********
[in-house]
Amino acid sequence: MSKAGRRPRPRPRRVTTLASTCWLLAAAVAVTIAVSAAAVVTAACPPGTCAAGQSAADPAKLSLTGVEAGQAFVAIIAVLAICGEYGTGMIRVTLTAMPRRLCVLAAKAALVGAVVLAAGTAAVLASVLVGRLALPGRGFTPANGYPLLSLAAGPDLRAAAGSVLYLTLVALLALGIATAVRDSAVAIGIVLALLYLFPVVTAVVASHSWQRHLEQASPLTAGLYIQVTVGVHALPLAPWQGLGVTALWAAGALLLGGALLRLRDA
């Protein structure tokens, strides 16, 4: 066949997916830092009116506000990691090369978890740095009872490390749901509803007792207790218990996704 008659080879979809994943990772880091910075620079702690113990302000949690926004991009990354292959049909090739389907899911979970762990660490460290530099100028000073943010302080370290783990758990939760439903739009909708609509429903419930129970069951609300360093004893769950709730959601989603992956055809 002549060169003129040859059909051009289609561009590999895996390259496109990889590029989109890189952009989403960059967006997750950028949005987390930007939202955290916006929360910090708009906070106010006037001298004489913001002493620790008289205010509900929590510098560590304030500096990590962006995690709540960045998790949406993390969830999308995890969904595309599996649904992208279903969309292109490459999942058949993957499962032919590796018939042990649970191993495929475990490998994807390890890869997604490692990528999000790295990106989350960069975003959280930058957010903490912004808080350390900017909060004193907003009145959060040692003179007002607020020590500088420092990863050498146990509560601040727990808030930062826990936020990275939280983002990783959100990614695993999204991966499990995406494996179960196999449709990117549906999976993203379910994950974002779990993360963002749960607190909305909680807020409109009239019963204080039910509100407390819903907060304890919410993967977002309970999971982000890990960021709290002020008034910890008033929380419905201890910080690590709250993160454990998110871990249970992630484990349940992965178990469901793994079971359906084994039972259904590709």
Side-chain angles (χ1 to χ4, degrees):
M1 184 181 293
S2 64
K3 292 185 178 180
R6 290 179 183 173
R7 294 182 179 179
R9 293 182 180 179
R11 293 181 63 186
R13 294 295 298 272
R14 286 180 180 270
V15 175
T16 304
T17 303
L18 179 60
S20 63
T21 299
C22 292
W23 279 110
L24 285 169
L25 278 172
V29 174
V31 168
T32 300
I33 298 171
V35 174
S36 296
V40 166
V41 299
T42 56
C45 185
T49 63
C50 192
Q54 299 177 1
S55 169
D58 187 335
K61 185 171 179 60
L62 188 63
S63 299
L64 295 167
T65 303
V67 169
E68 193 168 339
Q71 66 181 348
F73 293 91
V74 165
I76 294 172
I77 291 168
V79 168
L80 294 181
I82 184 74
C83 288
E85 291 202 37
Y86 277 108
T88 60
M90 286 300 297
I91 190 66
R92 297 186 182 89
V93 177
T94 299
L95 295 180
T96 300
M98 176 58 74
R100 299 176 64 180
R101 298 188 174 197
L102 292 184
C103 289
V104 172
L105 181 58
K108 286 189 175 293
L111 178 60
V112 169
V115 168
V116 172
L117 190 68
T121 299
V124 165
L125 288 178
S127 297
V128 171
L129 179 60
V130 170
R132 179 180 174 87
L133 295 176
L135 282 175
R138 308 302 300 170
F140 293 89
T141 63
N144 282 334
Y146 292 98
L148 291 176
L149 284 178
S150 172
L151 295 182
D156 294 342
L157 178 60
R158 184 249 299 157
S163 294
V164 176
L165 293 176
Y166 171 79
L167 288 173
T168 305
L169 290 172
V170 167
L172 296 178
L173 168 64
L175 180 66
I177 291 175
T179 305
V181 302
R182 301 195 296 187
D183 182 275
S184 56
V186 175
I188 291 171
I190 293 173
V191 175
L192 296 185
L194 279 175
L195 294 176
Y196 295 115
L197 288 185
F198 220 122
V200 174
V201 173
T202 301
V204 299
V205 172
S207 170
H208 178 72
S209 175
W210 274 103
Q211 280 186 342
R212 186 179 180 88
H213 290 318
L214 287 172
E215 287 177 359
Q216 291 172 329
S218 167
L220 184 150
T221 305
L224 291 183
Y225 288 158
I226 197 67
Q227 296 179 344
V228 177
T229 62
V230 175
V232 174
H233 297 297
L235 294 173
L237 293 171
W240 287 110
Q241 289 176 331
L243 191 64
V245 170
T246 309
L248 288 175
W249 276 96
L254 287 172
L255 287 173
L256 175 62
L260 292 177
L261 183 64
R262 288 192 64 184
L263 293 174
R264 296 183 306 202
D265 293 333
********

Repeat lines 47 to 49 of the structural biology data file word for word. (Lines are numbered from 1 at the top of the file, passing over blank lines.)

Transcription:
F73 293 91
V74 165
I76 294 172